Rhode Island Becomes Third State This Year to Preempt Breed-Specific Legislation.

Governor Lincoln Chafee has signed[1] into law a bill that prohibits any Rhode Island city or town from regulating dogs or cats on the basis of breed. Rhode Island becomes the third state this year, and the 16th state overall, to enact a breed preemption statute. The law took effect immediately upon Governor Chafee’s signature. House Bill 5671 was introduced last February.  In accordance with all of the available scientific evidence, the sponsors argued that no breed of dog is inherently vicious or dangerous. The House agreed, passing the bill on June 26, and sending it on to the state Senate.  After a brief stop in the Senate Environment and Agriculture Committee, the full Senate concurred with the House on July 3. Earlier this year, Nevada and Connecticut both enacted state laws prohibiting regulation of dogs on the basis of breed. State laws, such as those enacted by Nevada, Connecticut and Rhode Island this year – and Massachusetts last year – provide that local authorities must look beyond reactive, fear-based policies, and focus on dog ownership practices. Last summer, the House of Delegates of the American Bar Association approved a resolution urging “all state, territorial, and local legislative bodies and governmental agencies [. . .] to repeal breed discriminatory or breed specific provisions.”[2] The resolution also supports enactment of laws encouraging responsible pet ownership.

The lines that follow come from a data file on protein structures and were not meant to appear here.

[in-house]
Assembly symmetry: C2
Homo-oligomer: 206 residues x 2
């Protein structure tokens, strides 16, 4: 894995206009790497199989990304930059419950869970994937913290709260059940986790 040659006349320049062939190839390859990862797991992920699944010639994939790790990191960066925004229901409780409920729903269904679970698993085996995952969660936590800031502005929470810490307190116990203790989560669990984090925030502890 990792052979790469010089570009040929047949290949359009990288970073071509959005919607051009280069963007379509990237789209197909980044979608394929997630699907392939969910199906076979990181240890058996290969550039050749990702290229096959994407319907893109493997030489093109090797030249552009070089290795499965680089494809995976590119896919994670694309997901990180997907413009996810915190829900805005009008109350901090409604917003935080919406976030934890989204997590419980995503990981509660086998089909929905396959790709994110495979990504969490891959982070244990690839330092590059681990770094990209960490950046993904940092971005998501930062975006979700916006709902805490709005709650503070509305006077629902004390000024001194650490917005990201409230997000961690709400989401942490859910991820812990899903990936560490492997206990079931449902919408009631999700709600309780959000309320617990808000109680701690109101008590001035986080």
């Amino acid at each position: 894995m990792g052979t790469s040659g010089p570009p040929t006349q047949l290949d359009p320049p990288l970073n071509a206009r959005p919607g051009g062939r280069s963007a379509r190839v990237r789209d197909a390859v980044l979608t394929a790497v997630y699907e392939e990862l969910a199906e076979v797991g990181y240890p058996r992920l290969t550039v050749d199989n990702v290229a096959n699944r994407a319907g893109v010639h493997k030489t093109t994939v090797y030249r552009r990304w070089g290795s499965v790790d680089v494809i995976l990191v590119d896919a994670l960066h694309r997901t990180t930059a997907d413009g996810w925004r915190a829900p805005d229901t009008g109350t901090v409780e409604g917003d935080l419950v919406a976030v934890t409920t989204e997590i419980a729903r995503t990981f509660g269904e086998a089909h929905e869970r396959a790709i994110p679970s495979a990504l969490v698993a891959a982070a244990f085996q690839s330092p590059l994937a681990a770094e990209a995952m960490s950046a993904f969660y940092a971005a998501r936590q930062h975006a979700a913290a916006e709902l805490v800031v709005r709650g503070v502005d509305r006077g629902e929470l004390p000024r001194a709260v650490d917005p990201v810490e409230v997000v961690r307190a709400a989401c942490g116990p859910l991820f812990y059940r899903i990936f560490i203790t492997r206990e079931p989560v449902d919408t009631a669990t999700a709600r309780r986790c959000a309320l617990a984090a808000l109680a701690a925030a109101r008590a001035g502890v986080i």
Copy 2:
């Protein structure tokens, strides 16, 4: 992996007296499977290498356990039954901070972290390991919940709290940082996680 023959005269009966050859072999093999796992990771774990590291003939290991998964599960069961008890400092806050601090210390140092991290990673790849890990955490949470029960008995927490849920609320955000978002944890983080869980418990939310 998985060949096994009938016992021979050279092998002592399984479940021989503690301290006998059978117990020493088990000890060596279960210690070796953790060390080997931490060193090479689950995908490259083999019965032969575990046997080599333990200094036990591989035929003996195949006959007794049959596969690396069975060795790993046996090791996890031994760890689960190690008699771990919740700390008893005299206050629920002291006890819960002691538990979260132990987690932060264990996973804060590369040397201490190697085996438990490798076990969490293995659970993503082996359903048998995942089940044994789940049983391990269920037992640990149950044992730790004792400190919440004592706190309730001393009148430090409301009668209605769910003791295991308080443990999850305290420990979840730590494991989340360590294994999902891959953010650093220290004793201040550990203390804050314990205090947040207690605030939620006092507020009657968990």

[1] Legislative Press Bureau. (2013, July 17). Bill barring municipal ban on specific animal breeds signed into law. Retrieved from:
[2] See the NCRC Whitepaper: American Bar Association (ABA) Urges Repeal of All Breed-Specific Laws.